And to obtain the Larmour formula, one has to integrate over all angles, at large distance R from the charge, the Poynting vector associated with Et, which is:

\mathbf{S} = {{E_t^2 \over \eta_0}}\mathbf{\hat{r}} = {{e^2 a^2 \sin^2(\theta)} \over {16 \pi^2 \epsilon_0 c^3 R^2}} \mathbf{\hat{r}}

giving (SI units)

P = {{e^2 a^2} \over {6 \pi \epsilon_0 c^3}}

Issues and implications

Energy flux

The energy flux from the electromagnetic wave is given by the Poynting vector (cgs units).

\mathbf{S} = { c \over {4 \pi } } {\mathbf{E} \times \mathbf{B}  }

Integration of the power over the surface of a sphere centered on the emitting particle yields the Larmor power formula in the nonrelativistic limit.

Radiation reaction

The radiation from a charged particle carries energy and momentum. In order to satisfy energy and momentum conservation, the charged particle must experience a recoil at the time of emission. The radiation must exert an additional force on the charged particle. This force is known as the Abraham-Lorentz force in the nonrelativistic limit and the Abraham-Lorentz-Dirac force in the relativistic limit.

Atomic physics

A classical electron orbiting a nucleus experiences acceleration and should radiate. Consequently the electron loses energy and the electron should eventually spiral into the nucleus. Atoms, according to classical mechanics, are consequently unstable. This certainly is violation of observation. The problem is resolved with a quantum mechanical description of atomic physics.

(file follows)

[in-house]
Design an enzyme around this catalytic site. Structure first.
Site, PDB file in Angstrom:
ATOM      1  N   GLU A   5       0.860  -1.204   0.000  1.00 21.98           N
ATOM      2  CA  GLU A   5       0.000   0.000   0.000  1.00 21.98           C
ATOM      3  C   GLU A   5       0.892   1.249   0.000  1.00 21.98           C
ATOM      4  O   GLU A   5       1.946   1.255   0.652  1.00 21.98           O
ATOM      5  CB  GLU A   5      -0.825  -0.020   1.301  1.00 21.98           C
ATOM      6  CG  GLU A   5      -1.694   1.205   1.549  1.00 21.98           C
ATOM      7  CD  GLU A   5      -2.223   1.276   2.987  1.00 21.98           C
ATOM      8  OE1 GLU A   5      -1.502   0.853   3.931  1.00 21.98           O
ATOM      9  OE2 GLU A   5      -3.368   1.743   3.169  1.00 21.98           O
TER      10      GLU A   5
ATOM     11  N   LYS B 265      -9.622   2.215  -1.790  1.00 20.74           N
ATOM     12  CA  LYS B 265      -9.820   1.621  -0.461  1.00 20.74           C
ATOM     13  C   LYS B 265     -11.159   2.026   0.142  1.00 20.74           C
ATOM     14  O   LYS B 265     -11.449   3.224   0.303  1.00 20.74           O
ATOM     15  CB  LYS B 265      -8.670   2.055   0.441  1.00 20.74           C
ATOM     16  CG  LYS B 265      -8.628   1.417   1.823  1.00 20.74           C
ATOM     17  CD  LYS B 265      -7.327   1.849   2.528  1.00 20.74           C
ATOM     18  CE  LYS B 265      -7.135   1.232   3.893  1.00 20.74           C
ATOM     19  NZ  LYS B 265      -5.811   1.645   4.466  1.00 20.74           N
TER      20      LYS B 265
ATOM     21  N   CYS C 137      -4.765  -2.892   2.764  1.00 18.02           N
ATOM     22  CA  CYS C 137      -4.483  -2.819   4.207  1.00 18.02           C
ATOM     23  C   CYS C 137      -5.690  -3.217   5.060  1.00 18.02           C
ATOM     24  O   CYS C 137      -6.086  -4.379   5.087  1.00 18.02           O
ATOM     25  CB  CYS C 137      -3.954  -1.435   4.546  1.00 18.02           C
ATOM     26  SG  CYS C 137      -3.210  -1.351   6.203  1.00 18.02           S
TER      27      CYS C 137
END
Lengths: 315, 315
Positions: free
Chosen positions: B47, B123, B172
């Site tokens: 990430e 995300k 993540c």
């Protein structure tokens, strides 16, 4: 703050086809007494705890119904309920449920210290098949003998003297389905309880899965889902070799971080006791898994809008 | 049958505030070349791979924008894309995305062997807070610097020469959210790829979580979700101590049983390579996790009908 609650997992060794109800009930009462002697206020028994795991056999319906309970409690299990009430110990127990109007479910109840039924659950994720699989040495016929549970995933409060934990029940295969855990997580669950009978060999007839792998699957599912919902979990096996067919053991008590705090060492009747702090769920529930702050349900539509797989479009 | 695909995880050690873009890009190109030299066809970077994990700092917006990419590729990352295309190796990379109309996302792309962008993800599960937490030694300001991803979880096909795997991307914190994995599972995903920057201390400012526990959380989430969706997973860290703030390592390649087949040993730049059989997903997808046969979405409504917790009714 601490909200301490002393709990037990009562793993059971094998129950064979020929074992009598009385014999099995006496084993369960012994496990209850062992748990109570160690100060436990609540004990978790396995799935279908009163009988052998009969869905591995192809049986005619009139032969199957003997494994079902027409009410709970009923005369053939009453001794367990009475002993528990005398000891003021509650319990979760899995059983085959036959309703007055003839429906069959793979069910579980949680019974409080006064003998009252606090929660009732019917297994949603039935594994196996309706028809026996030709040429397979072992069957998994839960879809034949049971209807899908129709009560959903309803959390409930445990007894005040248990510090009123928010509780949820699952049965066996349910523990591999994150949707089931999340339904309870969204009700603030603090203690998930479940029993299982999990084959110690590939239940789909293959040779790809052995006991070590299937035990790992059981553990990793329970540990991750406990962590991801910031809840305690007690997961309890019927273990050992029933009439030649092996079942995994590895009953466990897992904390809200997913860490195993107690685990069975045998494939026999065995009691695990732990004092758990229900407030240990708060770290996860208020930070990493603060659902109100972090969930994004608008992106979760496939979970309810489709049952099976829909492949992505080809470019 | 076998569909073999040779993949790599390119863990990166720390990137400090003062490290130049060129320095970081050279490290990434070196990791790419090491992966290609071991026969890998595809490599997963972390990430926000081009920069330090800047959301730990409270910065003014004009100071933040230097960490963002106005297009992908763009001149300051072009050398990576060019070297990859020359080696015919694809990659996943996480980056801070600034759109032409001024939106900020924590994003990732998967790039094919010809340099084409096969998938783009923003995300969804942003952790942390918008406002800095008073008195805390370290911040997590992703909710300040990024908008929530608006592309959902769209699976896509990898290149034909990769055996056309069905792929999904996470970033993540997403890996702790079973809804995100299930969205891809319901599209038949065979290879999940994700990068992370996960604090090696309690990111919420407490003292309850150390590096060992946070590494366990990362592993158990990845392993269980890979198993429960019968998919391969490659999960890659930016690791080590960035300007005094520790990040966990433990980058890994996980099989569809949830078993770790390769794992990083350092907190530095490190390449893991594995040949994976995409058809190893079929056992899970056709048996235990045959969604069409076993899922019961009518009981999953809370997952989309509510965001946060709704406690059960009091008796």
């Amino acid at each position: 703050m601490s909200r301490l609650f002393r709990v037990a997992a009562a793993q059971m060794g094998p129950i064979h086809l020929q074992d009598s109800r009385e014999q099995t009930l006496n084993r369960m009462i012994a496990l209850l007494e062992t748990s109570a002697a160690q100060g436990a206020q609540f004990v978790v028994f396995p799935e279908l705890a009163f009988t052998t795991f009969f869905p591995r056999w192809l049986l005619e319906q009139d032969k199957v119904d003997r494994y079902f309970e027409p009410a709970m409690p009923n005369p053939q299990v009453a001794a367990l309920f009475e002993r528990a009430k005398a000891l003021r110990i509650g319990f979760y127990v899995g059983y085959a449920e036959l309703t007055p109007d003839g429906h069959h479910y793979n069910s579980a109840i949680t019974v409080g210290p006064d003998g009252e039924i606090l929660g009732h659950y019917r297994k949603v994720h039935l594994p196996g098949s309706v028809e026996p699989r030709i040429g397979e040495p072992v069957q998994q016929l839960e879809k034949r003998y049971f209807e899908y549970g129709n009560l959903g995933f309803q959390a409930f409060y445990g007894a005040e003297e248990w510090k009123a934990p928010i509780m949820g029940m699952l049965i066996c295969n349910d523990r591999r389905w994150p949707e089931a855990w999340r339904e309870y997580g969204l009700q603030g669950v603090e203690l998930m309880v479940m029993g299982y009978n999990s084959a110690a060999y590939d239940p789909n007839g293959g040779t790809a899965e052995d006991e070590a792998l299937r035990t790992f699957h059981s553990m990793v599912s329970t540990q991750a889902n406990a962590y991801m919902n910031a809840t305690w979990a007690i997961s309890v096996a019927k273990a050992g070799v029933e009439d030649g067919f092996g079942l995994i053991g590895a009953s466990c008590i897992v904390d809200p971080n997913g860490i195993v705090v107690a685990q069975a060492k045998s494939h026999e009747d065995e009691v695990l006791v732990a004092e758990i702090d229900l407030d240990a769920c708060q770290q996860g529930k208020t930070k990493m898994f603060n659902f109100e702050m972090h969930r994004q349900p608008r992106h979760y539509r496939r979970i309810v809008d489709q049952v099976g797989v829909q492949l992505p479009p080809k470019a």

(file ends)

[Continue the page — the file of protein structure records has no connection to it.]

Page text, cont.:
See also


  • J. Larmor, "On a dynamical theory of the electric and luminiferous medium", Philosophical Transactions of the Royal Society 190, (1897) pp.205-300 (Third and last in a series of papers with the same name).
  • Jackson, John D. (1998). Classical Electrodynamics (3rd ed.). Wiley. ISBN 0-471-30932-X. 
  • Misner, Charles; Thorne, Kip S. & Wheeler, John Archibald (1973). Gravitation. San Francisco: W. H. Freeman. ISBN 0-7167-0344-0. 
  • R. P. Feynman, F. B. Moringo, and W. G. Wagner (1995). Feynman Lectures on Gravitation. Addison-Wesley. ISBN 0-201-62734-5. 
This article is licensed under the GNU Free Documentation License. It uses material from the Wikipedia article "Larmor_formula". A list of authors is available in Wikipedia.